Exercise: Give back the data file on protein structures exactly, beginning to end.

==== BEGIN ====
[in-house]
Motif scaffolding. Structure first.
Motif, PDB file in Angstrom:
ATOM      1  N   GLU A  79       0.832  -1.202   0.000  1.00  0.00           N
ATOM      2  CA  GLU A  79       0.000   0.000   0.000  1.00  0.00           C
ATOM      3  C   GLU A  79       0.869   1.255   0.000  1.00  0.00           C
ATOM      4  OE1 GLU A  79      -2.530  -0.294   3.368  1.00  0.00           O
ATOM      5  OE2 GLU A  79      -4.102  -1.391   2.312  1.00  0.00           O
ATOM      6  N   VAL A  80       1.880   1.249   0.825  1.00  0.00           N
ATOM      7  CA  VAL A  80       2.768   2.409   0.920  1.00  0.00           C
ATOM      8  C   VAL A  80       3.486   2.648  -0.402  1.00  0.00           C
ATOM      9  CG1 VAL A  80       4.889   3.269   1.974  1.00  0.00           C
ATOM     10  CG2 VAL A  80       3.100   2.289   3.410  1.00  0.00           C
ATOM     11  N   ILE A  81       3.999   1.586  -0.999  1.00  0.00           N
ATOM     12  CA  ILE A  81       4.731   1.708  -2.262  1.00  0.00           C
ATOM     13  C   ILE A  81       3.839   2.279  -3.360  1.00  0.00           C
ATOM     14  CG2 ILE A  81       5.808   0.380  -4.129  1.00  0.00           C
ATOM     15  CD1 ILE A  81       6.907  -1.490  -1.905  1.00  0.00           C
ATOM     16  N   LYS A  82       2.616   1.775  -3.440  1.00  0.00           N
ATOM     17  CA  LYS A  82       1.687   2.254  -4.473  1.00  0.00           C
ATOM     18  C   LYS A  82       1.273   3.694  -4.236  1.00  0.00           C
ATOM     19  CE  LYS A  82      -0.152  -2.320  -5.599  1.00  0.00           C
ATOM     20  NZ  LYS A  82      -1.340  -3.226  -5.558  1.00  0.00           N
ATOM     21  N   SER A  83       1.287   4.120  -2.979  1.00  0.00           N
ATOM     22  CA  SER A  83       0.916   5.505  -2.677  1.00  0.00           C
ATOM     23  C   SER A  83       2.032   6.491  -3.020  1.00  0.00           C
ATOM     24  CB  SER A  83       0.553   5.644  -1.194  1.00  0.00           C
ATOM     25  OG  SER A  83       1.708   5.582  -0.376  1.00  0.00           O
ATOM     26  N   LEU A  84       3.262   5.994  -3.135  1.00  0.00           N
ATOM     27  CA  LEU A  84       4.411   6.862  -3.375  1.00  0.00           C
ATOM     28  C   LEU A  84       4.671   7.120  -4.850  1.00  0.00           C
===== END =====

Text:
[in-house]
Motif scaffolding. Structure first.
Motif, PDB file in Angstrom:
ATOM      1  N   GLU A  79       0.832  -1.202   0.000  1.00  0.00           N
ATOM      2  CA  GLU A  79       0.000   0.000   0.000  1.00  0.00           C
ATOM      3  C   GLU A  79       0.869   1.255   0.000  1.00  0.00           C
ATOM      4  OE1 GLU A  79      -2.530  -0.294   3.368  1.00  0.00           O
ATOM      5  OE2 GLU A  79      -4.102  -1.391   2.312  1.00  0.00           O
ATOM      6  N   VAL A  80       1.880   1.249   0.825  1.00  0.00           N
ATOM      7  CA  VAL A  80       2.768   2.409   0.920  1.00  0.00           C
ATOM      8  C   VAL A  80       3.486   2.648  -0.402  1.00  0.00           C
ATOM      9  CG1 VAL A  80       4.889   3.269   1.974  1.00  0.00           C
ATOM     10  CG2 VAL A  80       3.100   2.289   3.410  1.00  0.00           C
ATOM     11  N   ILE A  81       3.999   1.586  -0.999  1.00  0.00           N
ATOM     12  CA  ILE A  81       4.731   1.708  -2.262  1.00  0.00           C
ATOM     13  C   ILE A  81       3.839   2.279  -3.360  1.00  0.00           C
ATOM     14  CG2 ILE A  81       5.808   0.380  -4.129  1.00  0.00           C
ATOM     15  CD1 ILE A  81       6.907  -1.490  -1.905  1.00  0.00           C
ATOM     16  N   LYS A  82       2.616   1.775  -3.440  1.00  0.00           N
ATOM     17  CA  LYS A  82       1.687   2.254  -4.473  1.00  0.00           C
ATOM     18  C   LYS A  82       1.273   3.694  -4.236  1.00  0.00           C
ATOM     19  CE  LYS A  82      -0.152  -2.320  -5.599  1.00  0.00           C
ATOM     20  NZ  LYS A  82      -1.340  -3.226  -5.558  1.00  0.00           N
ATOM     21  N   SER A  83       1.287   4.120  -2.979  1.00  0.00           N
ATOM     22  CA  SER A  83       0.916   5.505  -2.677  1.00  0.00           C
ATOM     23  C   SER A  83       2.032   6.491  -3.020  1.00  0.00           C
ATOM     24  CB  SER A  83       0.553   5.644  -1.194  1.00  0.00           C
ATOM     25  OG  SER A  83       1.708   5.582  -0.376  1.00  0.00           O
ATOM     26  N   LEU A  84       3.262   5.994  -3.135  1.00  0.00           N
ATOM     27  CA  LEU A  84       4.411   6.862  -3.375  1.00  0.00           C
ATOM     28  C   LEU A  84       4.671   7.120  -4.850  1.00  0.00           C